Regarding the types of configuration of agrivoltaic devices, since 1980, German physicists Goetzberger and Zastrow studied the conditions for optimizing agrivoltaic plants. Therefore, the conditions that continue to serve as reference in the definition of agrivoltaic systems are: orientation of solar panels to the south for fixed panels or east-west for panels that rotate on an axis; sufficient spacing between the solar panels for sufficient light transmission to the ground crops; raising the supporting structure of the solar panels to homogenize the amounts of radiation on the ground.

The basic components of a solar powered irrigation system are:

  • Solar panels – take solar radiation and turn it into electricity
  • Electric pump – depending on water source (groundwater as well as open water sources, such as nearby rivers and lakes), there are two types of pumps: surface pump – is installed right next to the water source and has as components two pipes, for water absorption and discharge; submersible pump – is installed or immersed in boreholes or deep wells
  • Filter – the tool for cleaning water of physical impurities (sand, shells, stones, plant debris)
  • Fertigation node – the tool for injecting fertilizers into the water for irrigation
  • Reservoir – is an optional component, which may be needed to store water that has been pumped during the day and can be used in a drip irrigation system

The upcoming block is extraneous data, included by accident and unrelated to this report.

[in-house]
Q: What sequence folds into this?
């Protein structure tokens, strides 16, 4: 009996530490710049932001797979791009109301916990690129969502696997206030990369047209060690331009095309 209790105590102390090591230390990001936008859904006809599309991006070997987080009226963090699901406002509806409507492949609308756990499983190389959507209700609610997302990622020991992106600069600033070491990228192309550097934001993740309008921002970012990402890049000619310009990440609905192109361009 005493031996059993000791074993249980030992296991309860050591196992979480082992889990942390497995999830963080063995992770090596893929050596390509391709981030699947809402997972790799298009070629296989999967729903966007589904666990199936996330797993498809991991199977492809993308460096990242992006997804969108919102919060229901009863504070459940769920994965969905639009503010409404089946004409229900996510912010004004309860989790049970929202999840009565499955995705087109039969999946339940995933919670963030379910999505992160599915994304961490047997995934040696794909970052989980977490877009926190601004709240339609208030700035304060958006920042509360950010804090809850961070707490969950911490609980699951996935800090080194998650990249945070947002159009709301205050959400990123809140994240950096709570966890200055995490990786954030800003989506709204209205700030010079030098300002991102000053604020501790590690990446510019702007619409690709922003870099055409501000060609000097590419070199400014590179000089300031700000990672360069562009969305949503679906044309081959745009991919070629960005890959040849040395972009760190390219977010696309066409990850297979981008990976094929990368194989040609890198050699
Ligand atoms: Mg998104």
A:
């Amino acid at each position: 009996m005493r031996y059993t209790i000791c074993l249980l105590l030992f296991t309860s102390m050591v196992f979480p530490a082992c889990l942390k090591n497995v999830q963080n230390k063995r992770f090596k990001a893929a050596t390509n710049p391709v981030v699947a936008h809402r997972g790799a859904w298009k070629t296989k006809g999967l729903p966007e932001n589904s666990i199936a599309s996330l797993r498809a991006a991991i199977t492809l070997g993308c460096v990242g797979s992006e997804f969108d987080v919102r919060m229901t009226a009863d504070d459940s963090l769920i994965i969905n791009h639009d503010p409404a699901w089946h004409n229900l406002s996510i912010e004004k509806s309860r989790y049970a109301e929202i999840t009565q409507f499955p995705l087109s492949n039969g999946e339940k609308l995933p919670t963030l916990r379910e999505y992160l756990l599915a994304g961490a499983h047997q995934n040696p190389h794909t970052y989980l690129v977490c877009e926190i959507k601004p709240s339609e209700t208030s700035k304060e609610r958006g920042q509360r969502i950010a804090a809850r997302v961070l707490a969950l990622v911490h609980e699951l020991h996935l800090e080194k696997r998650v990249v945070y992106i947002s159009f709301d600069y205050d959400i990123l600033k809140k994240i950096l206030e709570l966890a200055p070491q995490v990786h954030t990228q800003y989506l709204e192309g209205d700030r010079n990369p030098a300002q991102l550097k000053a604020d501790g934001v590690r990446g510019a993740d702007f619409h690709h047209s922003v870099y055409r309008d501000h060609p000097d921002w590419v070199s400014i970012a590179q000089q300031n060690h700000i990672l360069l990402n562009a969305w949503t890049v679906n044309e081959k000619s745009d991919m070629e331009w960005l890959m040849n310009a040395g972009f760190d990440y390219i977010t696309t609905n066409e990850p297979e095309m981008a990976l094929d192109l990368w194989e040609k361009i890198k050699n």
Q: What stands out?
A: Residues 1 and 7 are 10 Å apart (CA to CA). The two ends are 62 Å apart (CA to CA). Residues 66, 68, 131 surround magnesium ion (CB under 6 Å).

• Water supply pipes (main, secondary and drip pipes)



History of agrivoltaic systems and journey around the world in the last 25 years

Proposed in 1981, the agrivoltaic system was massively implemented in Japan since 2004 and ever since it has developed throughout Asia, Europe following. In Austria and then in Italy, agrivoltaic systems appeared in open fields in 2007, and in the period 2009-2011 their implementation followed in France and Germany.


In 2004, Günter Czaloun provided a system of suspended mobile solar panels powered by cables. The first prototype was built in South Tyrol in 2007 on a 0.1 ha area. The panels are more than five meters above the surface. A new system was presented at the Intersolar 2017 conference in Munich. This technology may potentially be less expensive than other open field systems because it requires less steel.